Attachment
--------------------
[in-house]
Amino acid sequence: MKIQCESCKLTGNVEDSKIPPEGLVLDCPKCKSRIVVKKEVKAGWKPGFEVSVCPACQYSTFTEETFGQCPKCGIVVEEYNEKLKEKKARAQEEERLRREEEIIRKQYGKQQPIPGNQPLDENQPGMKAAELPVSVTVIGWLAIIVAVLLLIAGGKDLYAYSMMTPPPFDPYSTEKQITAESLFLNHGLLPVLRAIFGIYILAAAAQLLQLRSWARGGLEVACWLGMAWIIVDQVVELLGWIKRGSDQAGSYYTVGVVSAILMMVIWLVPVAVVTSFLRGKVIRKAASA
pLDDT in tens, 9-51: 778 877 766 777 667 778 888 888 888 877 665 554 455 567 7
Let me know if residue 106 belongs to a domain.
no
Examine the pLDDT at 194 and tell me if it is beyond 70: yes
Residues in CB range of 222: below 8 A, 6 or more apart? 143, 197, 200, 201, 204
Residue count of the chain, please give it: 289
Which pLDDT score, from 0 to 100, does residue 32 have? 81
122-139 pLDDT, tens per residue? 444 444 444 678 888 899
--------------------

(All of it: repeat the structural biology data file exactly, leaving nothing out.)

[in-house]
Amino acid sequence: MKIQCESCKLTGNVEDSKIPPEGLVLDCPKCKSRIVVKKEVKAGWKPGFEVSVCPACQYSTFTEETFGQCPKCGIVVEEYNEKLKEKKARAQEEERLRREEEIIRKQYGKQQPIPGNQPLDENQPGMKAAELPVSVTVIGWLAIIVAVLLLIAGGKDLYAYSMMTPPPFDPYSTEKQITAESLFLNHGLLPVLRAIFGIYILAAAAQLLQLRSWARGGLEVACWLGMAWIIVDQVVELLGWIKRGSDQAGSYYTVGVVSAILMMVIWLVPVAVVTSFLRGKVIRKAASA
pLDDT in tens, 9-51: 778 877 766 777 667 778 888 888 888 877 665 554 455 567 7
Let me know if residue 106 belongs to a domain.
no
Examine the pLDDT at 194 and tell me if it is beyond 70: yes
Residues in CB range of 222: below 8 A, 6 or more apart? 143, 197, 200, 201, 204
Residue count of the chain, please give it: 289
Which pLDDT score, from 0 to 100, does residue 32 have? 81
122-139 pLDDT, tens per residue? 444 444 444 678 888 899